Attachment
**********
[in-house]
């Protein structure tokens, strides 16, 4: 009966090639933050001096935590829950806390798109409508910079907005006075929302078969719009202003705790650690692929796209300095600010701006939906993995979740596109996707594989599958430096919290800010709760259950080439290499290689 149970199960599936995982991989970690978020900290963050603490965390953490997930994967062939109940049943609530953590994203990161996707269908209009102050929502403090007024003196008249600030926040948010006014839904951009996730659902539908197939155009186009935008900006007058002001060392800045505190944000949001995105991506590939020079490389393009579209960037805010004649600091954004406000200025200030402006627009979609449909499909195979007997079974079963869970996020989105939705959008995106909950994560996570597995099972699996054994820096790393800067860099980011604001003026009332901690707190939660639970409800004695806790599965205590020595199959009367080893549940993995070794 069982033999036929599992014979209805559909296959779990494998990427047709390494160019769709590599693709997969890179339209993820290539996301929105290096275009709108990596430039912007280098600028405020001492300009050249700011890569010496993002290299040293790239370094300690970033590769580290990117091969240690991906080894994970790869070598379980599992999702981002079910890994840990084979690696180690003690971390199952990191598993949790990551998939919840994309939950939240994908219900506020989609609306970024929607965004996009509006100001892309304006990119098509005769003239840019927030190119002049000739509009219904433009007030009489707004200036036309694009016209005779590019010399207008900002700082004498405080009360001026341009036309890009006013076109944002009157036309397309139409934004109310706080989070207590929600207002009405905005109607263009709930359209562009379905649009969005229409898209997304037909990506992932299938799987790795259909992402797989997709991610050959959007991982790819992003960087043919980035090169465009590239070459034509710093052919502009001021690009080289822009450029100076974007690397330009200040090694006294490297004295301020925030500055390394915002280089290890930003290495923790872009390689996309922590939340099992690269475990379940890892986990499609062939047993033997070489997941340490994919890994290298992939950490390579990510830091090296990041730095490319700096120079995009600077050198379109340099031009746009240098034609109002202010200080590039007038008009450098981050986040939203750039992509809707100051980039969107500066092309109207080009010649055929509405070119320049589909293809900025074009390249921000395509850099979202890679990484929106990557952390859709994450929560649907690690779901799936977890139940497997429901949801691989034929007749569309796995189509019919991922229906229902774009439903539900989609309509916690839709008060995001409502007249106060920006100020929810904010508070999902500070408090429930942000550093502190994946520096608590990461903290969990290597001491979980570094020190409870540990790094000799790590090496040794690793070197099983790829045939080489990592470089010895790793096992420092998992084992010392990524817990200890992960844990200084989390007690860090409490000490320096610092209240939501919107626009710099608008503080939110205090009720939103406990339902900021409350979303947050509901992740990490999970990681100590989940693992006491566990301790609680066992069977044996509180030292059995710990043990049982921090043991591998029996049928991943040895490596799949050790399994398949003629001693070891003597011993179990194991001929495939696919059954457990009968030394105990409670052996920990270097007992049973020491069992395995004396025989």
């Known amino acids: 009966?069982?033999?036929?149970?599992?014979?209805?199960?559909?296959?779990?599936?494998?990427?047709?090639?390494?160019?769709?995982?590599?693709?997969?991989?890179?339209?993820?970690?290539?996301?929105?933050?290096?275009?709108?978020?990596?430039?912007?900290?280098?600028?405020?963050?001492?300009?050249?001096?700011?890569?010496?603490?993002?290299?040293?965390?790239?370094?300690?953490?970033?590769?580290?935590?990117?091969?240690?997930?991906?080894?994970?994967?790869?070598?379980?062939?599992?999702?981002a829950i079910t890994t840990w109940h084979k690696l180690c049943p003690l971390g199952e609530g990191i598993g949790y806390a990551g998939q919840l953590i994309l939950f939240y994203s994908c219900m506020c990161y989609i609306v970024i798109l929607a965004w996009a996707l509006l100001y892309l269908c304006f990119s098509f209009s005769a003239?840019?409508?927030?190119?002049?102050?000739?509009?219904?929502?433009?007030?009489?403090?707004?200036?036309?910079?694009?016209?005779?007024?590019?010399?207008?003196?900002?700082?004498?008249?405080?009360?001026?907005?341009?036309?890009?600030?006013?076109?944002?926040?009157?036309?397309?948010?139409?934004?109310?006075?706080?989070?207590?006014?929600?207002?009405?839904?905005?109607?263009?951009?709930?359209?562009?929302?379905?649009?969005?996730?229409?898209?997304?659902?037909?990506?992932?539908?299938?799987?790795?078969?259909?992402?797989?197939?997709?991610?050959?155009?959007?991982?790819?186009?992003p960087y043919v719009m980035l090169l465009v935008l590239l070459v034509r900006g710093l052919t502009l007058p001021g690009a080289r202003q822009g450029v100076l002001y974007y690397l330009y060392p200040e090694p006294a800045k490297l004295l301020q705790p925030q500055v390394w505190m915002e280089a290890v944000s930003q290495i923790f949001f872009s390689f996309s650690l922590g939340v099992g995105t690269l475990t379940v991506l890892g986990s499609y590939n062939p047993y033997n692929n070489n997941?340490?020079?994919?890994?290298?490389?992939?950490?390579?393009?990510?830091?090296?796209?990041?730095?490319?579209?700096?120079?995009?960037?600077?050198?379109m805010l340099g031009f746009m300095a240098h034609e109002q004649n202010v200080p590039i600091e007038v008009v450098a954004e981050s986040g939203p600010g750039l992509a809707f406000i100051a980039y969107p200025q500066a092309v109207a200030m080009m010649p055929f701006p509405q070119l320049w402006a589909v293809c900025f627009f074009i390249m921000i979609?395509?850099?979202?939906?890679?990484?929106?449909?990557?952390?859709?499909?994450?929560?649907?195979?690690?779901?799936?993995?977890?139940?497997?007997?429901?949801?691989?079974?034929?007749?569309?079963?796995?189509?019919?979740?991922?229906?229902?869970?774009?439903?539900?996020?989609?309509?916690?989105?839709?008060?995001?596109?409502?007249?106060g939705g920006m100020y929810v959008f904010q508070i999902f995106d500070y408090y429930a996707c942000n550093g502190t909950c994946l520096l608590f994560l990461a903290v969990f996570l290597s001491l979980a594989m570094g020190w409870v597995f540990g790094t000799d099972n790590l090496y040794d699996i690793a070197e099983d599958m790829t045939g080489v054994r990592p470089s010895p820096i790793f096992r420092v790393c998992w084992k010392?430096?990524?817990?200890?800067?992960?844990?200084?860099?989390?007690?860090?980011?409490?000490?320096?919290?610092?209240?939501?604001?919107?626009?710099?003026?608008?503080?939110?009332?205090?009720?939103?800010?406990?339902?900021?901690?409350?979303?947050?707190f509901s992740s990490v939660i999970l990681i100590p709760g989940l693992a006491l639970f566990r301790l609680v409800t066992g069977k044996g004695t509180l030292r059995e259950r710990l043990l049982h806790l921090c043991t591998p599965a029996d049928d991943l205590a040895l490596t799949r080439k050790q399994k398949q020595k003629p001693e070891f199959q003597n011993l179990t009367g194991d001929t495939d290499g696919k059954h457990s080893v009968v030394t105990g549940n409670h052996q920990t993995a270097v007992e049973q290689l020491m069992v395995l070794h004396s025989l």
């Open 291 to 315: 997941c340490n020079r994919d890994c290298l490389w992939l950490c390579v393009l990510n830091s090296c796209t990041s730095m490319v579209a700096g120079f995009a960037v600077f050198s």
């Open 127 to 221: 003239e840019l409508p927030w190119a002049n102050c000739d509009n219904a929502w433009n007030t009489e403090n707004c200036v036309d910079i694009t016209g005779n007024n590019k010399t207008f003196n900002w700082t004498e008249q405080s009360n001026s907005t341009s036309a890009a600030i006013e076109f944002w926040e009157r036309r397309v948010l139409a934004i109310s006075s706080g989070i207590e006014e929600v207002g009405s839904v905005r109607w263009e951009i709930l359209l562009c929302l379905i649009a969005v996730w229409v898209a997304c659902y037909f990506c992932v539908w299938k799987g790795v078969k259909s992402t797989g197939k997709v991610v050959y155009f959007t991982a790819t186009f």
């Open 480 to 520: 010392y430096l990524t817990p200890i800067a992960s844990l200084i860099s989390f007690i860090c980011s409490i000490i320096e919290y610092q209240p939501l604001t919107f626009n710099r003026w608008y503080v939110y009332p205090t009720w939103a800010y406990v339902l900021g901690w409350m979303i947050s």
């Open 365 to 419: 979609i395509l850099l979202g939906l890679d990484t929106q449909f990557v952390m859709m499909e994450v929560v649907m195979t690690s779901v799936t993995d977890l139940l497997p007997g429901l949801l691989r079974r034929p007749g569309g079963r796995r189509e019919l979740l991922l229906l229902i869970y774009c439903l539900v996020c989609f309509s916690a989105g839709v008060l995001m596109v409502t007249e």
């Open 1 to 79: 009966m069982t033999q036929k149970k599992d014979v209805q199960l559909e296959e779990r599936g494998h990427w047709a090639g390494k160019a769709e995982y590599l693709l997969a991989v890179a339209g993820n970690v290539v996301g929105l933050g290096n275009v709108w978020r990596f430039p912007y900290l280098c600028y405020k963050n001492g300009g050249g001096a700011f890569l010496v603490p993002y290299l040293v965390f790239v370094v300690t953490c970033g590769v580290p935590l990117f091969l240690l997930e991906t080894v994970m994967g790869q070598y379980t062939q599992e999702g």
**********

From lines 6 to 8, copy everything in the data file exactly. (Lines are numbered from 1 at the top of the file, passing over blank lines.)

């Open 480 to 520: 010392y430096l990524t817990p200890i800067a992960s844990l200084i860099s989390f007690i860090c980011s409490i000490i320096e919290y610092q209240p939501l604001t919107f626009n710099r003026w608008y503080v939110y009332p205090t009720w939103a800010y406990v339902l900021g901690w409350m979303i947050s």
């Open 365 to 419: 979609i395509l850099l979202g939906l890679d990484t929106q449909f990557v952390m859709m499909e994450v929560v649907m195979t690690s779901v799936t993995d977890l139940l497997p007997g429901l949801l691989r079974r034929p007749g569309g079963r796995r189509e019919l979740l991922l229906l229902i869970y774009c439903l539900v996020c989609f309509s916690a989105g839709v008060l995001m596109v409502t007249e």
């Open 1 to 79: 009966m069982t033999q036929k149970k599992d014979v209805q199960l559909e296959e779990r599936g494998h990427w047709a090639g390494k160019a769709e995982y590599l693709l997969a991989v890179a339209g993820n970690v290539v996301g929105l933050g290096n275009v709108w978020r990596f430039p912007y900290l280098c600028y405020k963050n001492g300009g050249g001096a700011f890569l010496v603490p993002y290299l040293v965390f790239v370094v300690t953490c970033g590769v580290p935590l990117f091969l240690l997930e991906t080894v994970m994967g790869q070598y379980t062939q599992e999702g």